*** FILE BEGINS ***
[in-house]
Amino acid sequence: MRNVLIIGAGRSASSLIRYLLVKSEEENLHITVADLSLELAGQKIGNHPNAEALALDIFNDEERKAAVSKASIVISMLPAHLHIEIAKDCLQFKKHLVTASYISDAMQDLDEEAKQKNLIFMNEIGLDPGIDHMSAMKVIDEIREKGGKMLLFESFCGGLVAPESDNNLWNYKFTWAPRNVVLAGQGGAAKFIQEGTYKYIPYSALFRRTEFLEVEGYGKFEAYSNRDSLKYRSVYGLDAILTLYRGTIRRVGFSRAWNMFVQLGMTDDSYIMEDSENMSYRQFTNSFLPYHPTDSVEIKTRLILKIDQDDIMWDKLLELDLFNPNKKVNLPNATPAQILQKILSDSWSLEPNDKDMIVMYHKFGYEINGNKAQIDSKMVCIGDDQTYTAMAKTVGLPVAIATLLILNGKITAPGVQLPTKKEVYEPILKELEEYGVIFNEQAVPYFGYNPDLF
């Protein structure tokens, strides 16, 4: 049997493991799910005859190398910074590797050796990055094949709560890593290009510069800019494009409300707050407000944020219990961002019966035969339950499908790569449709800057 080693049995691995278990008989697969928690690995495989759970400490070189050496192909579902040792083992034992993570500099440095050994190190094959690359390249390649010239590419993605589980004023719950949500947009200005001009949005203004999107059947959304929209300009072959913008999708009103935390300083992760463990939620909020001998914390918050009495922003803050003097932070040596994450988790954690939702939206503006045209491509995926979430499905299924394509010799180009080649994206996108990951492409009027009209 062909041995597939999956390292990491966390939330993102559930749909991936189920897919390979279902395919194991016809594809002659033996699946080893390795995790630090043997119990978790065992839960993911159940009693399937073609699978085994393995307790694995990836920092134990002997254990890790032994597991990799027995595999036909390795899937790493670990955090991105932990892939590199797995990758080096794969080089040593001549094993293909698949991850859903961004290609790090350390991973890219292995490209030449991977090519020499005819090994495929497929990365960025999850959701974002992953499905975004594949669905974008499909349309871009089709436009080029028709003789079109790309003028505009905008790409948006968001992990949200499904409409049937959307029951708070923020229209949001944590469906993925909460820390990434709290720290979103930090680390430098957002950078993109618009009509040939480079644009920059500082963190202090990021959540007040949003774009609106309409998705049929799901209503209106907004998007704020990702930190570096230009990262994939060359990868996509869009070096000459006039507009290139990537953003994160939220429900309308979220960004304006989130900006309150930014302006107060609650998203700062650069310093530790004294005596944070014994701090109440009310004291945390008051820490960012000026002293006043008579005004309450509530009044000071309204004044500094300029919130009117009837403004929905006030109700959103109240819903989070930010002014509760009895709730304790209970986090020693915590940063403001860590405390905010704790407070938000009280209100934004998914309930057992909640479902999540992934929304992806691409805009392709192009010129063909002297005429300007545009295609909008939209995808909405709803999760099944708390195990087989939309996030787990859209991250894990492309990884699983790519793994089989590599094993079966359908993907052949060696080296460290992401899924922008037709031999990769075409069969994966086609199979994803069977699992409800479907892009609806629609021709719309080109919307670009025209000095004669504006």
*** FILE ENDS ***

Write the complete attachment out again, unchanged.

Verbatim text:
[in-house]
Amino acid sequence: MRNVLIIGAGRSASSLIRYLLVKSEEENLHITVADLSLELAGQKIGNHPNAEALALDIFNDEERKAAVSKASIVISMLPAHLHIEIAKDCLQFKKHLVTASYISDAMQDLDEEAKQKNLIFMNEIGLDPGIDHMSAMKVIDEIREKGGKMLLFESFCGGLVAPESDNNLWNYKFTWAPRNVVLAGQGGAAKFIQEGTYKYIPYSALFRRTEFLEVEGYGKFEAYSNRDSLKYRSVYGLDAILTLYRGTIRRVGFSRAWNMFVQLGMTDDSYIMEDSENMSYRQFTNSFLPYHPTDSVEIKTRLILKIDQDDIMWDKLLELDLFNPNKKVNLPNATPAQILQKILSDSWSLEPNDKDMIVMYHKFGYEINGNKAQIDSKMVCIGDDQTYTAMAKTVGLPVAIATLLILNGKITAPGVQLPTKKEVYEPILKELEEYGVIFNEQAVPYFGYNPDLF
């Protein structure tokens, strides 16, 4: 049997493991799910005859190398910074590797050796990055094949709560890593290009510069800019494009409300707050407000944020219990961002019966035969339950499908790569449709800057 080693049995691995278990008989697969928690690995495989759970400490070189050496192909579902040792083992034992993570500099440095050994190190094959690359390249390649010239590419993605589980004023719950949500947009200005001009949005203004999107059947959304929209300009072959913008999708009103935390300083992760463990939620909020001998914390918050009495922003803050003097932070040596994450988790954690939702939206503006045209491509995926979430499905299924394509010799180009080649994206996108990951492409009027009209 062909041995597939999956390292990491966390939330993102559930749909991936189920897919390979279902395919194991016809594809002659033996699946080893390795995790630090043997119990978790065992839960993911159940009693399937073609699978085994393995307790694995990836920092134990002997254990890790032994597991990799027995595999036909390795899937790493670990955090991105932990892939590199797995990758080096794969080089040593001549094993293909698949991850859903961004290609790090350390991973890219292995490209030449991977090519020499005819090994495929497929990365960025999850959701974002992953499905975004594949669905974008499909349309871009089709436009080029028709003789079109790309003028505009905008790409948006968001992990949200499904409409049937959307029951708070923020229209949001944590469906993925909460820390990434709290720290979103930090680390430098957002950078993109618009009509040939480079644009920059500082963190202090990021959540007040949003774009609106309409998705049929799901209503209106907004998007704020990702930190570096230009990262994939060359990868996509869009070096000459006039507009290139990537953003994160939220429900309308979220960004304006989130900006309150930014302006107060609650998203700062650069310093530790004294005596944070014994701090109440009310004291945390008051820490960012000026002293006043008579005004309450509530009044000071309204004044500094300029919130009117009837403004929905006030109700959103109240819903989070930010002014509760009895709730304790209970986090020693915590940063403001860590405390905010704790407070938000009280209100934004998914309930057992909640479902999540992934929304992806691409805009392709192009010129063909002297005429300007545009295609909008939209995808909405709803999760099944708390195990087989939309996030787990859209991250894990492309990884699983790519793994089989590599094993079966359908993907052949060696080296460290992401899924922008037709031999990769075409069969994966086609199979994803069977699992409800479907892009609806629609021709719309080109919307670009025209000095004669504006």